ACKLEY KID: Michael Pineda's done a decent job (understatement alert) in his rookie campaign, so what about the Mariners promoting their top hitting prospect, Dustin Ackley? Once Stephen Strasburg was off the board, you may have quit paying attention, but Ackley was the second overall pick in that draft. Ackley plays second base and is swinging a good bat in Triple-A -- .280 average with six home runs, 21 RBI, 27 runs, nine doubles, six stolen bases and an .844 OPS in 40 games. Thus, it's rather obvious why Mariners fans would be pining for the 23 year old. The always-thoughtful Geoff Baker of the Seattle Times discusses why Ackley hasn't gotten the call yet and when he might get it (hint: sometime in June).

NEW RIVALRY: A good discussion with the writers on StLtoday.com: Has the Cubs-Cardinals rivalry been surpassed by the Cardinals-Reds? I'll weigh in as our resident Cubs fan. I think there's a difference between historic fan rivalries and present on-field rivalries. I don't think the rivalry between Cubs and Cardinals fans would ever be surpassed by that of the Reds vs. Cardinals in terms of historic stature, but in 2011 as a stand-alone season, it's Reds-Cardinals and it's not even close. This is because those are the two best teams in the division and they seem to genuinely dislike each other. To use another midwest example, Indiana and Purdue are always top rivals in basketball, but with Indiana down the past few years, Purdue had much bigger games on the slate.

MORE ON THE CARDS-REDS: Meanwhile, Cardinals pitching coach Dave Duncan calls remarks made by Reds announcer Marty Brennaman "classless." (StLtoday.com)

THE UNKNOWN: The first round of the MLB draft is June 6, and the Pirates are narrowing down the field for their first selection. It's interesting to say that because for the first time since 2008, it's not a foregone conclusion who the top pick is going to be. Both Strasburg and Bryce Harper were the obvious No. 1 picks in the past two drafts. On the flip-side, the Pirates are considering around five different players. Reportedly, the three favorites are UCLA pitcher Gerrit Cole, Rice third baseman Anthony Rendon and Virginia pitcher Danny Hultzen. (MLB.com)

POSTING CHANGE: NPB (that's Japan's professional league to those unaware) may change it's posting system for players looking to sign with Major League Baseball. The most famous posting issue is when the Red Sox ponied up just over $50 million just for the rights to exclusively negotiate with Daisuke Matsuzaka. By the time the Red Sox signed him to a contract, they'd paid over $100 million. There are lots of other cases, obviously, that's just the most notorious. Anyway, the proposed change would be to award negotiating rights to the top three bidders. This would probably help the players make more money and be more fair to the bidding MLB teams. (NPB Tracker)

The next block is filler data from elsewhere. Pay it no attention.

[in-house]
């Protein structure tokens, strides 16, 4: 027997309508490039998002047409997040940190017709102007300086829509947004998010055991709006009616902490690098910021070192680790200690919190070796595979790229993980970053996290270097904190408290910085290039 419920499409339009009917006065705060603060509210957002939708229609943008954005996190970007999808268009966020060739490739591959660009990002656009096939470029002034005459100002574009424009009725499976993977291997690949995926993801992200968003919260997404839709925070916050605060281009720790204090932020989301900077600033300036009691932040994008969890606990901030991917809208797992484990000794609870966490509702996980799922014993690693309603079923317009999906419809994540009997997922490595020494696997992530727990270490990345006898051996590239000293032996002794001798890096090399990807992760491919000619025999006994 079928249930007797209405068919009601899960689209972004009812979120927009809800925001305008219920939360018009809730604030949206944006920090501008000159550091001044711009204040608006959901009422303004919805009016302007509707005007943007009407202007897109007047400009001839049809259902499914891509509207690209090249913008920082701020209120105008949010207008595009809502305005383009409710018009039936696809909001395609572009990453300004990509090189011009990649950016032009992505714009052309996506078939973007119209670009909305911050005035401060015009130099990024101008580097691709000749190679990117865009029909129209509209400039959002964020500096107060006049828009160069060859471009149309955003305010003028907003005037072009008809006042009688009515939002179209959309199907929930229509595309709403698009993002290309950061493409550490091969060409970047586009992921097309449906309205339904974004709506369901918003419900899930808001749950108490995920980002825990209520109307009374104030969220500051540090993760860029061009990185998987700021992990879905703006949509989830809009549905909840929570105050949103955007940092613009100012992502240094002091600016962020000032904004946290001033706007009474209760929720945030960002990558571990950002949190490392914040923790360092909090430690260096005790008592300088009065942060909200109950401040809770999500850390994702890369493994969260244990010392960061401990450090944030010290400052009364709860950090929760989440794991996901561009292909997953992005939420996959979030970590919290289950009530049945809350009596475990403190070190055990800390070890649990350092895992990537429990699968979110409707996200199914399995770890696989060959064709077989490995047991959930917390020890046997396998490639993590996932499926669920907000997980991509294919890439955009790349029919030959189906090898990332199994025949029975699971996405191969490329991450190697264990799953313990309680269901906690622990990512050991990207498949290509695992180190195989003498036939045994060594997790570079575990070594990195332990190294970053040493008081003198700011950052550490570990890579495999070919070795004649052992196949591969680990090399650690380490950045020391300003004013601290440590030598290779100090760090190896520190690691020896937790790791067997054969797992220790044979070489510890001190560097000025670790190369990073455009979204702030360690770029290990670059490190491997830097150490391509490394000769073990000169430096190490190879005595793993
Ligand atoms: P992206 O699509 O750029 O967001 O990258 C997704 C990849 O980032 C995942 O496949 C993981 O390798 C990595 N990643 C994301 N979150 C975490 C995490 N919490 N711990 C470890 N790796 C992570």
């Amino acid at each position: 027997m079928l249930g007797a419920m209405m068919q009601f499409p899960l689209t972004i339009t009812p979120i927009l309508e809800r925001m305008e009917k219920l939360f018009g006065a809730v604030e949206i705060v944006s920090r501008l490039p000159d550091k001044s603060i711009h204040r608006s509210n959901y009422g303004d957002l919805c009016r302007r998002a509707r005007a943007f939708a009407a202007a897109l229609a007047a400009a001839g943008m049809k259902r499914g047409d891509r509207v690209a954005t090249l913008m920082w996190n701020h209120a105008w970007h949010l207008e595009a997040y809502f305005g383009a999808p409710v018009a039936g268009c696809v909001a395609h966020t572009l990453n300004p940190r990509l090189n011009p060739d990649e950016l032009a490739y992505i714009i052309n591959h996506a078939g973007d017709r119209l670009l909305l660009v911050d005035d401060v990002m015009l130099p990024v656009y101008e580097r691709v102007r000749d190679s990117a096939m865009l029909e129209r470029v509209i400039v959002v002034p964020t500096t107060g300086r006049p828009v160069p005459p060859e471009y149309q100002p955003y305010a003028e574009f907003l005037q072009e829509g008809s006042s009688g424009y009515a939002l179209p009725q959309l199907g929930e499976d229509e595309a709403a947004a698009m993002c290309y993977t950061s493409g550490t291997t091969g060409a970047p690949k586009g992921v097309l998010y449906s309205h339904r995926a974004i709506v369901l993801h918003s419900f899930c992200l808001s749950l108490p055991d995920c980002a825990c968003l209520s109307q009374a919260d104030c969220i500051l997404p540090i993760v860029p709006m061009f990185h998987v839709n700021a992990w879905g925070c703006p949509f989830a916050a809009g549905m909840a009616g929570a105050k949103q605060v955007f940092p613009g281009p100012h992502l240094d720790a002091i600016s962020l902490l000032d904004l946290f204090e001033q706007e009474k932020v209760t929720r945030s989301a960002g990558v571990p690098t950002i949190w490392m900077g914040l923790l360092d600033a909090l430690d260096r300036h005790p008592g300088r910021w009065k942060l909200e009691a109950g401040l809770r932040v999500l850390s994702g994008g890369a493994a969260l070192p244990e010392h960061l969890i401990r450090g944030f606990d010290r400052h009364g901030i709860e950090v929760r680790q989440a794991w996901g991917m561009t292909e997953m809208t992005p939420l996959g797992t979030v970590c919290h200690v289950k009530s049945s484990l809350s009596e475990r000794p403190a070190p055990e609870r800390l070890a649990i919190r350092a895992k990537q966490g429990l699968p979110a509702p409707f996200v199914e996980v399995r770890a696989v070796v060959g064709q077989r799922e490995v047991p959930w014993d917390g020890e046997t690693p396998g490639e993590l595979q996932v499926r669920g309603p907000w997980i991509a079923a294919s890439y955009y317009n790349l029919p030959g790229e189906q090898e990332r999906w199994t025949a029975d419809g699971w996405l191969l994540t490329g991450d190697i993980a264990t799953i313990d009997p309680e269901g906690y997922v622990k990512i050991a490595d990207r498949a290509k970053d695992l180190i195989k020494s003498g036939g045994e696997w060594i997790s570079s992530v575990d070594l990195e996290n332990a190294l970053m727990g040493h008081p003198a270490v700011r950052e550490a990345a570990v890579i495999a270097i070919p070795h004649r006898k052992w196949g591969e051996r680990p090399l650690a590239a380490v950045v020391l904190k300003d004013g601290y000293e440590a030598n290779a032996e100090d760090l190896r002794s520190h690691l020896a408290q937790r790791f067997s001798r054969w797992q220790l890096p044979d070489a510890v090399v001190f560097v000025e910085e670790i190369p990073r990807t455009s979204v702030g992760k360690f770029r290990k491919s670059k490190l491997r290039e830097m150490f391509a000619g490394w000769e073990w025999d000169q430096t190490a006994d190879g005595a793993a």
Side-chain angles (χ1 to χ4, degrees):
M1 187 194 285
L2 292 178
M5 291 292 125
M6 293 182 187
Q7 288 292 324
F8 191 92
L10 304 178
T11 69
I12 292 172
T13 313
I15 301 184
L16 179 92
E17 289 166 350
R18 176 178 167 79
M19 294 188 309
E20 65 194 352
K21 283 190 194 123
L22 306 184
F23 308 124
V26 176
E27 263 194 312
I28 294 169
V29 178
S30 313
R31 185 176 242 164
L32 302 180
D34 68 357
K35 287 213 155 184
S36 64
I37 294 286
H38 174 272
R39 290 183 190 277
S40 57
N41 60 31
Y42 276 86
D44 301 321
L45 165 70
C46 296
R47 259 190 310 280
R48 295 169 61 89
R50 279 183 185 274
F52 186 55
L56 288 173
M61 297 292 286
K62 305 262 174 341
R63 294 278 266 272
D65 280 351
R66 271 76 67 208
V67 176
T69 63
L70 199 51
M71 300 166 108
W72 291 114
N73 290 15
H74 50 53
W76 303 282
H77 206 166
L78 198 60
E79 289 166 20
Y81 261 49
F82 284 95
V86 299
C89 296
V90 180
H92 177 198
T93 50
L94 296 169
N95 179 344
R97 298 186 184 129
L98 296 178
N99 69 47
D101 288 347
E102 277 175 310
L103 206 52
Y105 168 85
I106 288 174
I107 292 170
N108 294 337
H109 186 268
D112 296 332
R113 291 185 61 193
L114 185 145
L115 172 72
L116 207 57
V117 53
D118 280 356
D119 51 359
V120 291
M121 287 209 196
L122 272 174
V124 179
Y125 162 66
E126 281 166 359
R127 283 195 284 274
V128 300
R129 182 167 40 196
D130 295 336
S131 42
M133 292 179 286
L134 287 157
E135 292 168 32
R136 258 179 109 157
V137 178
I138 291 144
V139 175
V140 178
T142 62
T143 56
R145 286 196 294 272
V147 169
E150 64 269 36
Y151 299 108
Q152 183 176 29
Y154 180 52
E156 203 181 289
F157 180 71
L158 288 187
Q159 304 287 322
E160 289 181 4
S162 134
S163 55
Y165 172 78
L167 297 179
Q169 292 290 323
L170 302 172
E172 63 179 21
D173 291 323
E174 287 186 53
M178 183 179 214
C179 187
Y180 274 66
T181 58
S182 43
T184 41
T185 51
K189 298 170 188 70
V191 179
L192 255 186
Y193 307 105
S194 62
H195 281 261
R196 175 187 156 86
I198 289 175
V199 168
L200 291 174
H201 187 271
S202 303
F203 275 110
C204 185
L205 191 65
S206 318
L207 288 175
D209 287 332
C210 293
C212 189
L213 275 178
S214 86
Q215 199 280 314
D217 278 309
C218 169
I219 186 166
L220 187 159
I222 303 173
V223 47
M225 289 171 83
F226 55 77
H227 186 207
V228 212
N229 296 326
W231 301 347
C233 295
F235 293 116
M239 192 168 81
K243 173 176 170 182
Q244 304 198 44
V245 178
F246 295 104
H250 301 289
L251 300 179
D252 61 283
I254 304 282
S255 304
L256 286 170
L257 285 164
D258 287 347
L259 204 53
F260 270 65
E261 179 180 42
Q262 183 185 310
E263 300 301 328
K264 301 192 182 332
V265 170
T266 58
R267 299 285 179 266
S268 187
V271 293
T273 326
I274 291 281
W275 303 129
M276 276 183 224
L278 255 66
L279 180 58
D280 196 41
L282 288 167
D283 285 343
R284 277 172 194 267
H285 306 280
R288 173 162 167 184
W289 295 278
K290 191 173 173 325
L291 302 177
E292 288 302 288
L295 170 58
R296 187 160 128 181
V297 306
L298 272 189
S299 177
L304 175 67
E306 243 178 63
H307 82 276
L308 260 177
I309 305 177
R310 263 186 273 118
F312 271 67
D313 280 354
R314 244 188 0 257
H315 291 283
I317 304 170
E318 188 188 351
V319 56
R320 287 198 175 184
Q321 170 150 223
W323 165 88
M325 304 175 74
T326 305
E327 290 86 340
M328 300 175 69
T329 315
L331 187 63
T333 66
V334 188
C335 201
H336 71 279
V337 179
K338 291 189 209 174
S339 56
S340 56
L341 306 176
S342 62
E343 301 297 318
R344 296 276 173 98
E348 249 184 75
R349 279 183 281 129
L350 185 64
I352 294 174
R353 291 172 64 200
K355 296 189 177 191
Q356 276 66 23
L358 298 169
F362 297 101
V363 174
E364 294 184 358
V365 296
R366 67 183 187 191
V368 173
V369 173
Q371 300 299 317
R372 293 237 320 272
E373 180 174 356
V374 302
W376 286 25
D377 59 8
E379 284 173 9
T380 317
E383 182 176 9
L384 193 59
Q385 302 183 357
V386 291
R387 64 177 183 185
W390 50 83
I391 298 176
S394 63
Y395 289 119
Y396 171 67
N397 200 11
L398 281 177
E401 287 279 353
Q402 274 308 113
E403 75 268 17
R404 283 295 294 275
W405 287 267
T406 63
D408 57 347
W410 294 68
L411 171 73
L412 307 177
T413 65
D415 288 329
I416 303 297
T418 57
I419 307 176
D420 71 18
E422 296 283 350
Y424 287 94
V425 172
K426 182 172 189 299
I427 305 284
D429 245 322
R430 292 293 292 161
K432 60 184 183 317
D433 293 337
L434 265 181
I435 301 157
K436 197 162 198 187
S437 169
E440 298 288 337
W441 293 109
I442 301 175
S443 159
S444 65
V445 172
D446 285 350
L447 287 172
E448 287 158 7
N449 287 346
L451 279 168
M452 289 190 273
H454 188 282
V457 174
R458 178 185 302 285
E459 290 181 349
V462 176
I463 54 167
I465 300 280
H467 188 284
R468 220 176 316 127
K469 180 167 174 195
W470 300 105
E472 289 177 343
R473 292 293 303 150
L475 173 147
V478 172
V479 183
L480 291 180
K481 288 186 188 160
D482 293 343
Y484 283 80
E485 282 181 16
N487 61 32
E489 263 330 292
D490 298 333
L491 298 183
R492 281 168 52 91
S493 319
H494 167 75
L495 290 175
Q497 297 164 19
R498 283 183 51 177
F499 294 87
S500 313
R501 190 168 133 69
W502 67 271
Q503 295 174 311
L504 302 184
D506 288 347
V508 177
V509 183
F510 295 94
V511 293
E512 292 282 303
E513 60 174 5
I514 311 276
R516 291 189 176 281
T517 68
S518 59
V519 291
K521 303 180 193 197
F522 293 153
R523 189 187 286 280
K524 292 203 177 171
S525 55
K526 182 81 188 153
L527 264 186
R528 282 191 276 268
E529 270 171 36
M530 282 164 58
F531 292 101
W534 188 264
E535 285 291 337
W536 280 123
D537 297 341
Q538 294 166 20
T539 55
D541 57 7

DEROSA DOWN: Giants third baseman Mark DeRosa is out "for a long time" after re-injuring his surgically repaired wrist. This may speed up a move of Aubrey Huff across the diamond with Brandon Belt taking over at first base -- at least until Pablo Sandoval is ready to come back. (SFgate.com) While we're here, I'm going to stand up for DeRosa as a man to the Giants fans (it's a minority, so let's not paint the entire fan base with one brush) celebrating his injury just because he's underperformed on the field. DeRosa is a great guy and great teammate. It takes a special kind of (bad) person to wish chronic injuries on someone else, especially when those bad wishes are upon a good person. Oh, while we're here ...

WHY THOLE QUIT TWITTER: Mets catcher Josh Thole joined Twitter to interact with fans, and instead had to close his account because he was tired of everyone taking shots at him -- including one loser who said he didn't care if Thole died. (NYDailyNews.com) It's amazing how "tough" people get under the cloak of anonymity. Actually, amazing is the wrong word. It's pathetic. There are few places where I'll ever break out the sanctimony, but this is one of them. If you use the Internet to tell people you want them dead because of how they play baseball -- or anything comparable such as political views, religious views, favorite musicians or taste in TV shows -- you are dregs of society and seriously need to get a life.

RECOVERED RINGS: Kyle Kendrick had his 2008 World Series championship ring stolen from his home on March 30, but it has been recovered by police in an unrelated investigation. There were several other items recovered by police, including Kendrick's 2009 NLCS ring. (CSNPhilly.com)

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The views expressed in this blog are solely those of the author and do not reflect the views of CBS Sports or CBSSports.com